credit access in AzerbaijanAs is the case in many developing economies, credit access in Azerbaijan is not as easy to come by as it should ideally be. That being said, significant efforts are being made to improve the ease of credit access and ensure that the country’s financial system has the capacity to cope with the increase in demand for credit that will likely come with greater ease of access.

Many of the obstacles to credit access in Azerbaijan are similar to the ones present in other countries. It is particularly difficult for businesses to secure a line of credit. Lenders require extensive collateral and often charge high interest rates. Encouragingly, there are government programs that enable particularly small businesses to secure funding even if they cannot secure a line of credit from a private institution.

Poor financial literacy, especially among business owners, is also impeding credit access in Azerbaijan. Many are often denied loans because of problems that they could rectify if given the needed support and education. For example, many Azerbaijani businesses fail to keep written records because they fail to understand that this impacts their perceived creditworthiness.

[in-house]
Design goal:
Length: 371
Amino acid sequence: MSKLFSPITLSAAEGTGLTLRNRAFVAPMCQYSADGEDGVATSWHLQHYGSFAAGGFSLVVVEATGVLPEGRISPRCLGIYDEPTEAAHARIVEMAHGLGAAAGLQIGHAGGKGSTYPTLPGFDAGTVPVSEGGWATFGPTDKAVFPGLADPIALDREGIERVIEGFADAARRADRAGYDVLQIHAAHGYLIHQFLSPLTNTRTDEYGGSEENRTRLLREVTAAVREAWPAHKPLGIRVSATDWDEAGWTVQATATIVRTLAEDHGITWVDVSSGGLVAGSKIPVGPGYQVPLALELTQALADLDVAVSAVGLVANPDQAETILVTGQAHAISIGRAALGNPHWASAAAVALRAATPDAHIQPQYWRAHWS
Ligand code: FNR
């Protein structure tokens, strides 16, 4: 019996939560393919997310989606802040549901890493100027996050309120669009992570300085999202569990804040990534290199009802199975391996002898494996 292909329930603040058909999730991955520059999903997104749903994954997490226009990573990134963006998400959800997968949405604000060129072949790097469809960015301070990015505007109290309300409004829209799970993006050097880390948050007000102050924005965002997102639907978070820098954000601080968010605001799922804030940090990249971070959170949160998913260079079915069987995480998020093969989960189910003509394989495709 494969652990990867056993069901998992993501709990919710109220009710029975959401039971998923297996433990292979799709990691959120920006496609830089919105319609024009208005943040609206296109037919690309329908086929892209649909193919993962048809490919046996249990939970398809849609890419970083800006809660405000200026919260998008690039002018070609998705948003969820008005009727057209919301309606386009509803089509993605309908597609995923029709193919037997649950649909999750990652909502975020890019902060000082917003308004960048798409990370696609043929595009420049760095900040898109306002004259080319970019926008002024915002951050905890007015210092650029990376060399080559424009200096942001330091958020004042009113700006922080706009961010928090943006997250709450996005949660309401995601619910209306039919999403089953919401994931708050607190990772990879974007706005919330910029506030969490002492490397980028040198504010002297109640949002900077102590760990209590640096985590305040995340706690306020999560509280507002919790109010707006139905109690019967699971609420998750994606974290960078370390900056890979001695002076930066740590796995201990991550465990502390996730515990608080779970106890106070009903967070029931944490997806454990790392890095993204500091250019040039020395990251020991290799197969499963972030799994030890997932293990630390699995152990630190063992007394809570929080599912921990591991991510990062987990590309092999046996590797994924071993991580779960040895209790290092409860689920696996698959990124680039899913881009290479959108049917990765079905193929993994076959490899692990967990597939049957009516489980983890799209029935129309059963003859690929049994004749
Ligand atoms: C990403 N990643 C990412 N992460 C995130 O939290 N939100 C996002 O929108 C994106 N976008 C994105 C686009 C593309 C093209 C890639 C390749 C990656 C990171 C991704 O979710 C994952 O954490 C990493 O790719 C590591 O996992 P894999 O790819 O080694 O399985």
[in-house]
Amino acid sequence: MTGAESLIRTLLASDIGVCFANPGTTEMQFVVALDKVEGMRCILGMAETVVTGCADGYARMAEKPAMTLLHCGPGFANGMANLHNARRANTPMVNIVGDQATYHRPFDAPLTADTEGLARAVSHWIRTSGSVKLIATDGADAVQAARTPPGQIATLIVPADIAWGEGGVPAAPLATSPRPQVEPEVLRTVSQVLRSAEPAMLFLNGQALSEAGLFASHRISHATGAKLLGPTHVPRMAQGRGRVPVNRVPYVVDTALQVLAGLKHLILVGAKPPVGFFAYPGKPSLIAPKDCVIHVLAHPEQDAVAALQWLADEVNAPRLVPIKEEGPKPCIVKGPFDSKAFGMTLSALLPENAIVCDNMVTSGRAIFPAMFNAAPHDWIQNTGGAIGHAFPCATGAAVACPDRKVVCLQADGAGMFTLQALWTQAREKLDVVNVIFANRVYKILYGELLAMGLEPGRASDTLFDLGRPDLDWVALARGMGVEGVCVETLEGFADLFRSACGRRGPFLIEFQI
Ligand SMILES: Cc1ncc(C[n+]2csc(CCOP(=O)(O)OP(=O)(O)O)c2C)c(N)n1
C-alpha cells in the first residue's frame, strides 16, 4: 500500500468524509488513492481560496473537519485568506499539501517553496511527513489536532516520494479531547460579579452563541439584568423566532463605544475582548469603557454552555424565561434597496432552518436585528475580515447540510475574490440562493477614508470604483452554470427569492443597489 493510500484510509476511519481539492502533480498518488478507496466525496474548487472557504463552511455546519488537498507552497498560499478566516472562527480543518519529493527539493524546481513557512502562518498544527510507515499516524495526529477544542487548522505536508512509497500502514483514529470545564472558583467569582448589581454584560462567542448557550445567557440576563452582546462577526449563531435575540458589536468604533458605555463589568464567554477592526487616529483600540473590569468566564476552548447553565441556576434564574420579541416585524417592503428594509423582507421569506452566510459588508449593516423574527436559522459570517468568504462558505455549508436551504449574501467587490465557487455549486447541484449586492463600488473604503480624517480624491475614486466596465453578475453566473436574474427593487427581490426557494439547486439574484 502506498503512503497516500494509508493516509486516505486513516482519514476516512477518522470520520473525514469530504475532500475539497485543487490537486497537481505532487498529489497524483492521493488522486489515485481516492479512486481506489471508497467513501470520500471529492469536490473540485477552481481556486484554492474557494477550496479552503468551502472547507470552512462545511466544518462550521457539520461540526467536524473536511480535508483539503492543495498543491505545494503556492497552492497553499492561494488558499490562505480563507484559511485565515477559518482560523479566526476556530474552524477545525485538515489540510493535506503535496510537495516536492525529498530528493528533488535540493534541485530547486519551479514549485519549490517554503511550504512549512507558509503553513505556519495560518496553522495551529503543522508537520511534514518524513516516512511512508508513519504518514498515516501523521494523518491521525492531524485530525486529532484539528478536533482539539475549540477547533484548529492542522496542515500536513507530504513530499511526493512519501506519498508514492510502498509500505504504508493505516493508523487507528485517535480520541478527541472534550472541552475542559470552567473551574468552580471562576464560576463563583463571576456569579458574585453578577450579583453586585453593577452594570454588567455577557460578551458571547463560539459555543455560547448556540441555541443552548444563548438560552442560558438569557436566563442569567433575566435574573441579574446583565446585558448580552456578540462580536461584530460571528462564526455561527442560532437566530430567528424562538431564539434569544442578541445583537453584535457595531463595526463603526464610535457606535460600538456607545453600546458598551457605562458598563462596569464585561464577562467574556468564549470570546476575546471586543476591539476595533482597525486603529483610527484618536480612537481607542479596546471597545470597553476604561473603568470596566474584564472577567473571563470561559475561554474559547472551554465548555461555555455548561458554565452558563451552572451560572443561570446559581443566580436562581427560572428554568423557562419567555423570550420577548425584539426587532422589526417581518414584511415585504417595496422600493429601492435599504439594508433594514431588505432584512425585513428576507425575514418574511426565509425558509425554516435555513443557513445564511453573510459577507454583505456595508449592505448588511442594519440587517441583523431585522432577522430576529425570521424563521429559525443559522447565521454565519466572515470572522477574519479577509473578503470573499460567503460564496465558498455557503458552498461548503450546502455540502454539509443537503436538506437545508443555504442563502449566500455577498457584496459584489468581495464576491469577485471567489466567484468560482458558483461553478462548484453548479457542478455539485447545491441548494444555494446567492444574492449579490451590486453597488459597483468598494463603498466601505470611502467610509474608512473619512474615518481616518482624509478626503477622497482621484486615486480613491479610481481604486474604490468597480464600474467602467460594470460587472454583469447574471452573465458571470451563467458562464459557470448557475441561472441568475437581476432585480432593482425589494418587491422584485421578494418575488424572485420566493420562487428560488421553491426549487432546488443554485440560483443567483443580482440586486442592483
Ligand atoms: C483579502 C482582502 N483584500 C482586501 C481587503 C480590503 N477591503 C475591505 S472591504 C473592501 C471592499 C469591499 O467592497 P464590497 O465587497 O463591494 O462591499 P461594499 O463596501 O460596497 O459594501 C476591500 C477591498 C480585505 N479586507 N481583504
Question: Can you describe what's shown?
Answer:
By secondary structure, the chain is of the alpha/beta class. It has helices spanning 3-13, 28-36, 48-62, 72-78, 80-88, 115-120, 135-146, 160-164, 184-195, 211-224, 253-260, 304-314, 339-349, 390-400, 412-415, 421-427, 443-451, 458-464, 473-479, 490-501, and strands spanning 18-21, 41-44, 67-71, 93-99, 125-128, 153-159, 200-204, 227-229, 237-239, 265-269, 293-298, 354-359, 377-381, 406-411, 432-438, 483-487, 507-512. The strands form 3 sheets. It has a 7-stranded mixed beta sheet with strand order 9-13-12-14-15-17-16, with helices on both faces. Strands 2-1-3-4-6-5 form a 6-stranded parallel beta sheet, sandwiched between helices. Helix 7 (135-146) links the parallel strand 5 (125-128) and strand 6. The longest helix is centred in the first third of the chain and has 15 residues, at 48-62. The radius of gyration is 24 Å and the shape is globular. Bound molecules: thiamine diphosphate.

Improving financial literacy is an important part of expanding credit access in Azerbaijan. The MicroFinance Bank of Azerbaijan has reported that consumer loans, in particular, are being disbursed at a much higher rate than before, suggesting that creditors are becoming more willing to lend more liberally to reasonably worthy clients.

Also noteworthy are the extensive efforts that are underway to modernize the financial system and promote new lending and borrowing practices. The country’s first private credit bureau was recently established and intends to promote risk pooling and information sharing among the 20 largest domestic financial institutions. It is anticipated that this alone will greatly improve credit access in Azerbaijan by promoting responsible lending and eliminating some of the logistical hassles of applying for and granting credit.

– Michaela Downey
Photo: Flickr